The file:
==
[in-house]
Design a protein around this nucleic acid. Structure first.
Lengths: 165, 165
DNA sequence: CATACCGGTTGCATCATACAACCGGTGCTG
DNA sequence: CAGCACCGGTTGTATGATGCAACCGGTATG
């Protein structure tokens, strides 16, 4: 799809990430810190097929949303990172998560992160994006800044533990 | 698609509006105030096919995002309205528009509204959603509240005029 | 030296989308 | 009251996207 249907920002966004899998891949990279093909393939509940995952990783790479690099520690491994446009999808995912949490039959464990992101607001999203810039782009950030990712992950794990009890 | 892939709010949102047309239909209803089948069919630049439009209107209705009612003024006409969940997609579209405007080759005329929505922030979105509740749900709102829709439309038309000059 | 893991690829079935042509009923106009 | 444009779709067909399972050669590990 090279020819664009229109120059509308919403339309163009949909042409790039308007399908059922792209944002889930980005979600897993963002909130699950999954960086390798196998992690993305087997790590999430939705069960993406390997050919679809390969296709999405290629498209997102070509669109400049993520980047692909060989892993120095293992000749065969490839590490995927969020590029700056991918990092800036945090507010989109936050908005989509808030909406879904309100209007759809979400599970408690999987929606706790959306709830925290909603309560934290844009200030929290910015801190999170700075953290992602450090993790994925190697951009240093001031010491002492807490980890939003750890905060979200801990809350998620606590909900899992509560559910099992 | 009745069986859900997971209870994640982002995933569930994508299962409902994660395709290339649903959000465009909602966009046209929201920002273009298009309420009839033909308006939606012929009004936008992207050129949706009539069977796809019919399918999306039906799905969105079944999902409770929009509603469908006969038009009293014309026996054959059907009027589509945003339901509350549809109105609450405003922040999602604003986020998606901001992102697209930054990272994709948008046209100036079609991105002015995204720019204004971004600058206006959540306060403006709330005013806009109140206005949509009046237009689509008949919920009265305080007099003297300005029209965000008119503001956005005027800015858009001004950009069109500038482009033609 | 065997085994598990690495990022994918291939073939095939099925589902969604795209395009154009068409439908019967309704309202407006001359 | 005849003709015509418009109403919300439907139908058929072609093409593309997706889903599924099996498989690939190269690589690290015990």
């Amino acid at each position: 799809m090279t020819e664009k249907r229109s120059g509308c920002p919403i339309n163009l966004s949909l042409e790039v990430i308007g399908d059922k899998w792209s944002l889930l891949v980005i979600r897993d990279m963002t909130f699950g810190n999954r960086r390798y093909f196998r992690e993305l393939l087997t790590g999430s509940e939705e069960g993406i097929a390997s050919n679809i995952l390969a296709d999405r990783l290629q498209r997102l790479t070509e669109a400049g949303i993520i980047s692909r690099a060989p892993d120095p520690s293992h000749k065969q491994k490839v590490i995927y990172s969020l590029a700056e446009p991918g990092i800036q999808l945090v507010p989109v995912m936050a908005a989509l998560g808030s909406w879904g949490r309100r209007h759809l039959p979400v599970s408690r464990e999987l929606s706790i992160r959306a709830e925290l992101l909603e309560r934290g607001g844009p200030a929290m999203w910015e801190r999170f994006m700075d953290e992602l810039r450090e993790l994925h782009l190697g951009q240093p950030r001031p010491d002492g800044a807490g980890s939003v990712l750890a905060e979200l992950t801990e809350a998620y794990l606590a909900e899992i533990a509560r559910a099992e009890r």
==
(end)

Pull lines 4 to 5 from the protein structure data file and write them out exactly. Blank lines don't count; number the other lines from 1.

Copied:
DNA sequence: CATACCGGTTGCATCATACAACCGGTGCTG
DNA sequence: CAGCACCGGTTGTATGATGCAACCGGTATG